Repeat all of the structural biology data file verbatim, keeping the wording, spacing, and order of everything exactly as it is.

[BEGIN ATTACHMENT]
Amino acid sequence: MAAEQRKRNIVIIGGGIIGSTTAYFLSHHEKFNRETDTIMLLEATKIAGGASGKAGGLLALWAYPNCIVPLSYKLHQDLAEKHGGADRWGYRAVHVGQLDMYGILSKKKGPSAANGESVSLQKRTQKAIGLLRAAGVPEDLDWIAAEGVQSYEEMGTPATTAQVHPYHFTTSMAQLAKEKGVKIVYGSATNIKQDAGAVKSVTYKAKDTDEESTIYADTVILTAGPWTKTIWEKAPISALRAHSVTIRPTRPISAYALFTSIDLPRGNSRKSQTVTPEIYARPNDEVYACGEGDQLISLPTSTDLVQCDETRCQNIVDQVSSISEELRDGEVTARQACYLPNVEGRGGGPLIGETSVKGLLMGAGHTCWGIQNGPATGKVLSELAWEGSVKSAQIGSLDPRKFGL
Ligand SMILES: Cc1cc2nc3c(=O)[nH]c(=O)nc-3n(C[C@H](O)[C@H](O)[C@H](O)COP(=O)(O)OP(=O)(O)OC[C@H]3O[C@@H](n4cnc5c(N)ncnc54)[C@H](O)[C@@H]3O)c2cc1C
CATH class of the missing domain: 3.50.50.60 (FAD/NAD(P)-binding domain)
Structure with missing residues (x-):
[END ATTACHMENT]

Amino acid sequence: MAAEQRKRNIVIIGGGIIGSTTAYFLSHHEKFNRETDTIMLLEATKIAGGASGKAGGLLALWAYPNCIVPLSYKLHQDLAEKHGGADRWGYRAVHVGQLDMYGILSKKKGPSAANGESVSLQKRTQKAIGLLRAAGVPEDLDWIAAEGVQSYEEMGTPATTAQVHPYHFTTSMAQLAKEKGVKIVYGSATNIKQDAGAVKSVTYKAKDTDEESTIYADTVILTAGPWTKTIWEKAPISALRAHSVTIRPTRPISAYALFTSIDLPRGNSRKSQTVTPEIYARPNDEVYACGEGDQLISLPTSTDLVQCDETRCQNIVDQVSSISEELRDGEVTARQACYLPNVEGRGGGPLIGETSVKGLLMGAGHTCWGIQNGPATGKVLSELAWEGSVKSAQIGSLDPRKFGL
Ligand SMILES: Cc1cc2nc3c(=O)[nH]c(=O)nc-3n(C[C@H](O)[C@H](O)[C@H](O)COP(=O)(O)OP(=O)(O)OC[C@H]3O[C@@H](n4cnc5c(N)ncnc54)[C@H](O)[C@@H]3O)c2cc1C
CATH class of the missing domain: 3.50.50.60 (FAD/NAD(P)-binding domain)
Structure with missing residues (x-):